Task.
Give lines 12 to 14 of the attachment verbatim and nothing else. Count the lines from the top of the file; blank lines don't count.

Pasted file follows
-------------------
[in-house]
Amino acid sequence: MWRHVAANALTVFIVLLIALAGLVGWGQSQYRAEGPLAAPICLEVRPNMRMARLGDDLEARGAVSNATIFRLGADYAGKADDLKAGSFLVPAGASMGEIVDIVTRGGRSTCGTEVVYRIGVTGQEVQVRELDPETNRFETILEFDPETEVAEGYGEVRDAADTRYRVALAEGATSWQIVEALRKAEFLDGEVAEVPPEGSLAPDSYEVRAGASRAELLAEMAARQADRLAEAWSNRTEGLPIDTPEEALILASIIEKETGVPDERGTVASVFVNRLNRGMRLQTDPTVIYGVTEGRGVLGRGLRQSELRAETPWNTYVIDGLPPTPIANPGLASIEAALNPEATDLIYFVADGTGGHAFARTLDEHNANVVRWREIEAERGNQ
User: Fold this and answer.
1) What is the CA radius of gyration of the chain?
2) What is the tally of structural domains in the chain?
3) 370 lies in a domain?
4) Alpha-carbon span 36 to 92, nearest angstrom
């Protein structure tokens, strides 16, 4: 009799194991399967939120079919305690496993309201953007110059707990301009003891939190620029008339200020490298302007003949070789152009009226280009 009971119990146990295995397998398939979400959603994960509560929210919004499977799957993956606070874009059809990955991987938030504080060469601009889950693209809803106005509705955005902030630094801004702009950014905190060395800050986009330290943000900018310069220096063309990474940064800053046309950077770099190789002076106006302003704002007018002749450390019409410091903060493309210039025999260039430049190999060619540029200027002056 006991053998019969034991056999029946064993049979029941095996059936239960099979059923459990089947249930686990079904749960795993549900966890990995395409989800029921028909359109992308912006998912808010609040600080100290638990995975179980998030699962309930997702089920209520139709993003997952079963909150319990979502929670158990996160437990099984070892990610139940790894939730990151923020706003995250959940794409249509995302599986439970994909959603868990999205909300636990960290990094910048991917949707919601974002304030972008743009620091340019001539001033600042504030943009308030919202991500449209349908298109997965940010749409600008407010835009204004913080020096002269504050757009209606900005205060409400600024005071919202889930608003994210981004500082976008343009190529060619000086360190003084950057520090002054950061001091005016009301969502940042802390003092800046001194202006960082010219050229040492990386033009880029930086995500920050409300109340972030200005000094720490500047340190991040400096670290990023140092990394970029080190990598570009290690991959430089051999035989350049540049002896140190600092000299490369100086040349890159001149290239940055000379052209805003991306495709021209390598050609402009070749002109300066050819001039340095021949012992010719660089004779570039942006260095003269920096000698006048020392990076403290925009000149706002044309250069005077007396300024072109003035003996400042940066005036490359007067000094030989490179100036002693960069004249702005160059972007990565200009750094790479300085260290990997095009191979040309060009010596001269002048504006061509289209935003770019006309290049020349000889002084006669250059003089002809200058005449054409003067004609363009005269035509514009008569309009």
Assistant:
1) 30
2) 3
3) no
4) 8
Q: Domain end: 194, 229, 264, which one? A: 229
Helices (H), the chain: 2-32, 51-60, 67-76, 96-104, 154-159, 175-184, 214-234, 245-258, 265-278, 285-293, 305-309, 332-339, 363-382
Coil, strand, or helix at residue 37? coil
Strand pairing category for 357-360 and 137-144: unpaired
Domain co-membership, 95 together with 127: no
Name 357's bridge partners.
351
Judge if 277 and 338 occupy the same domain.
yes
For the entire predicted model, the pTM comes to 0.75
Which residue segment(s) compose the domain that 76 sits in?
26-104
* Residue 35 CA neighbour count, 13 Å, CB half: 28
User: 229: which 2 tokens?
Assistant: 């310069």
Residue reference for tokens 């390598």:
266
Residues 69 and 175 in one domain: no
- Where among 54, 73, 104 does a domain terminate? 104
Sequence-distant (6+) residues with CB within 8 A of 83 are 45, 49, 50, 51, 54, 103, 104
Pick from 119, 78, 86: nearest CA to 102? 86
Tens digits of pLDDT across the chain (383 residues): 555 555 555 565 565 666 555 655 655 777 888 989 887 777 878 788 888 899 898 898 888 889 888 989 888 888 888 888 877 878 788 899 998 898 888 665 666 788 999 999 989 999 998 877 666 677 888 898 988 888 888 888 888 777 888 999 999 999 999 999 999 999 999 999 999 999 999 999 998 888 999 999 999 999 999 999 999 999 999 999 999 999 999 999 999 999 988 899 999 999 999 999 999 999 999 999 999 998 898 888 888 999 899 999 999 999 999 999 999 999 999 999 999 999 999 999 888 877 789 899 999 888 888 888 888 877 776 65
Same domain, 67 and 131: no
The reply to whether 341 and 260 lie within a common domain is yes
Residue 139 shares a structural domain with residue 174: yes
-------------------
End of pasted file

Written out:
3) no
4) 8
Q: Domain end: 194, 229, 264, which one? A: 229